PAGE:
Assistant Professor Brown University East Greenwich, Rhode Island
This abstract has been invited to present during the Better Patient Outcomes through Diversity Platform poster session This abstract will be presented during the Comorbidities Platform poster session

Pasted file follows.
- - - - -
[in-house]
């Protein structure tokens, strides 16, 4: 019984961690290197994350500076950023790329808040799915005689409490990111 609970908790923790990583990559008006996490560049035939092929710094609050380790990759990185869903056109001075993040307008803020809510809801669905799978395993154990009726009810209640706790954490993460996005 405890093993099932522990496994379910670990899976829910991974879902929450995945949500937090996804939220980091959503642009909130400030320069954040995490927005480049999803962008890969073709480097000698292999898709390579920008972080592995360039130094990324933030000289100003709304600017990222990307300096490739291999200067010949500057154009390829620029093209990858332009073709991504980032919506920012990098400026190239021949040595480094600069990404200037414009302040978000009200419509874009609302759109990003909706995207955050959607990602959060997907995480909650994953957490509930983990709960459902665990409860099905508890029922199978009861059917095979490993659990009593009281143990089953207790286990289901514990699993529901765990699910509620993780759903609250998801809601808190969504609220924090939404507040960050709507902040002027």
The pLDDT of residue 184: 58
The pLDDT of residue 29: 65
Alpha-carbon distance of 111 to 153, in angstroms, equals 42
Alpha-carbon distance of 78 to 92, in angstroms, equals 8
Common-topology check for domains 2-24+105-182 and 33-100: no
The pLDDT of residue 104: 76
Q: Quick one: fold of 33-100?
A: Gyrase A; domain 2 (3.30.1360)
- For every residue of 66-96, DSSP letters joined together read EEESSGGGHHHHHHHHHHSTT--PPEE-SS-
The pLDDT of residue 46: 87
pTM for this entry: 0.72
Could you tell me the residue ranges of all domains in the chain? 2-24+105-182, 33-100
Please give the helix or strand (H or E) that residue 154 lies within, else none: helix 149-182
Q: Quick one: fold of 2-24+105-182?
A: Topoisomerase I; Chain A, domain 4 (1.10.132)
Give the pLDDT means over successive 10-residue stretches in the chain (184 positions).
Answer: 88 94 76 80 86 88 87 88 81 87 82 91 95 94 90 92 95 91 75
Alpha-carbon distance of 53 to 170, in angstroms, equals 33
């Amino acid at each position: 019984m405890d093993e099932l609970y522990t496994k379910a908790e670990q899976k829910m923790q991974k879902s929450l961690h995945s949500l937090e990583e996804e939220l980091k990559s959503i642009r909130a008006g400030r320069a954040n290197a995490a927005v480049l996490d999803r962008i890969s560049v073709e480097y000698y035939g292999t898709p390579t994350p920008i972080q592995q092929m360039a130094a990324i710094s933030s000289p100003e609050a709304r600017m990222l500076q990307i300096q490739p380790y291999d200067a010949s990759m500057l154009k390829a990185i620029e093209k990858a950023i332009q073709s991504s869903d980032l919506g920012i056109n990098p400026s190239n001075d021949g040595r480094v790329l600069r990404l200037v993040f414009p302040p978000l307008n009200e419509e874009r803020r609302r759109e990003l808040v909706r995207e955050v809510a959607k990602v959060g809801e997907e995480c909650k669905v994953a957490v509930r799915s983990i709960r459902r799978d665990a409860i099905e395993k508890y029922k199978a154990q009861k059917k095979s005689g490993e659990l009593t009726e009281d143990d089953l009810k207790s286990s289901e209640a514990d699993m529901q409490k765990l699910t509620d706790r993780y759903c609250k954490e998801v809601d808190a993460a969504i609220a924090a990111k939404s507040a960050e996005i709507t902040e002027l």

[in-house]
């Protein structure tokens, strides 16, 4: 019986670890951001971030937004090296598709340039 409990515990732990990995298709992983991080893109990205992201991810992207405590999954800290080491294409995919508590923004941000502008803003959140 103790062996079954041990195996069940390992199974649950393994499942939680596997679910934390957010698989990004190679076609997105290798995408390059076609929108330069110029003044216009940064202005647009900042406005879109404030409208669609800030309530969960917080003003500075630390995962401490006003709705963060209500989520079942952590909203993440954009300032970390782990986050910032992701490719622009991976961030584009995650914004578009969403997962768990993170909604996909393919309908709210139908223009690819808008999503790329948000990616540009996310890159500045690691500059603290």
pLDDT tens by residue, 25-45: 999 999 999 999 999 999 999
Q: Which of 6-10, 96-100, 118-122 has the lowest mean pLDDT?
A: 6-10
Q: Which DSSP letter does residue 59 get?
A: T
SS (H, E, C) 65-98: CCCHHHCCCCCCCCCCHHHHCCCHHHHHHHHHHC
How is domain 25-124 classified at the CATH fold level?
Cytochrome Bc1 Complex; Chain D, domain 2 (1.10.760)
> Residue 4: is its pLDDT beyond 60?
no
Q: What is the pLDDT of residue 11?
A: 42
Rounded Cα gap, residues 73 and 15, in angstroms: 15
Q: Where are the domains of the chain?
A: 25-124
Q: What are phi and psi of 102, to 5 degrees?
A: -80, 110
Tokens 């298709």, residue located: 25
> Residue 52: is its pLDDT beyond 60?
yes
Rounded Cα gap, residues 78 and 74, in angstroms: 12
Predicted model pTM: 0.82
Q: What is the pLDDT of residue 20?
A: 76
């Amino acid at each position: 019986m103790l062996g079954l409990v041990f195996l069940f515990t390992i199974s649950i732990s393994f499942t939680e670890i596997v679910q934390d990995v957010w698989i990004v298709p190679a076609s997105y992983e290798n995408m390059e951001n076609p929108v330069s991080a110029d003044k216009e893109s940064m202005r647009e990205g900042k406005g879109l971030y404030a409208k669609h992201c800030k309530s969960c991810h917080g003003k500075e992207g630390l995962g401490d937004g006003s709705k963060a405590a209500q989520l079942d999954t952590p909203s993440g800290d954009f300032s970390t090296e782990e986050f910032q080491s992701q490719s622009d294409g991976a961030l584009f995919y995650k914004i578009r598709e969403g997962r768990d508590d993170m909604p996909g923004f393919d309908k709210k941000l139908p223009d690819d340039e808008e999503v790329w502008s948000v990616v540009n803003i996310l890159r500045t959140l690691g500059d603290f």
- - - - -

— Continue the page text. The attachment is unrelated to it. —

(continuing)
Rationale: The prevalence of epilepsy in multiple sclerosis (MS) is three to seven times higher than in the general population. Patients with MS and focal epilepsy (MS+E) have higher mortality and faster cognitive decline than those with either MS or epilepsy alone. However, it is unclear if the overall severity of epilepsy in MS+E is higher than in other focal epilepsies as defined by healthcare utilization, the incidence and duration of status epilepticus (SE), and the need for antiseizure medication (ASM) regimen changes (as an attempt to better control seizures and/or to improve ASM tolerability). Methods: We analyzed un-identifiable claims data from a nationwide US health insurance plan. For the study period (January 2008 to August 2019), the dataset included > 86 million individuals. We used International Classification of Diseases (ICD) codes and disease-specific algorithms to identify all individuals between 18-65 years of age who met criteria for de novo MS and/or focal epilepsy (Figure 1). To identify individuals with de novo epilepsy, we required a minimum of one year of coverage prior to an initial diagnosis of epilepsy and at least two total claims for epilepsy. We defined an ASM regimen change to include the addition of an ASM (that had not been previously prescribed) for at least 90 days (or 135 days for 90-day prescriptions), or the discontinuation of an ASM for at least 90 days (or 135 days for 90-day prescriptions). We compared the rates of SE and seizure-related inpatient admissions for individuals with focal epilepsy alone without MS (E-MS) versus those with MS+E, as well as the number of distinct days with claims for each of these outcomes. We compared the number of ASM treatment changes in the E-MS and MS+E groups during years 1 and 2 after the initial diagnosis of epilepsy. Analyses ≥ 3 years after the diagnosis of epilepsy were not performed due to small sample size in the MS+E group. All comparisons were Bonferroni-corrected. Results: Overall, there was no significant difference between the likelihood that individuals with MS+E versus E-MS would undergo seizure-related inpatient admissions or suffer from SE (Table 1). However, the subset of individuals with MS+E who had seizure-related inpatient admissions had significantly higher number of admissions and more prolonged admissions compared to those with E-MS who had seizure-related inpatient admissions. Additionally, individuals with MS+E who experienced SE had significantly more days with encounters related to SE than individuals with E-MS who experienced SE, indicating longer SE duration. Individuals with MS+E were more likely to have medication regimen changes in year 2 after the initial diagnosis of epilepsy, but not in year 1. Individuals with MS+E underwent a mean of 1.03 medication changes during year 2 compared to 0.62 for E-MS (p =0.0007) despite the fact that the median for MS+E was 0 while the median for E-MS was 1. Conclusions: When compared to E-MS, a subset of individuals with MS+E have more severe epilepsy as determined by higher healthcare utilization and higher number of ASM regimen changes in the second year after the initial diagnosis of epilepsy. Subsequent analyses will help us determine if specific ASM regimens are associated with superior seizure control in MS+E compared to other ASMs. Funding: Please list any funding that was received in support of this abstract.: Supported by a grant from the American Epilepsy Society and the Epilepsy Study Consortium.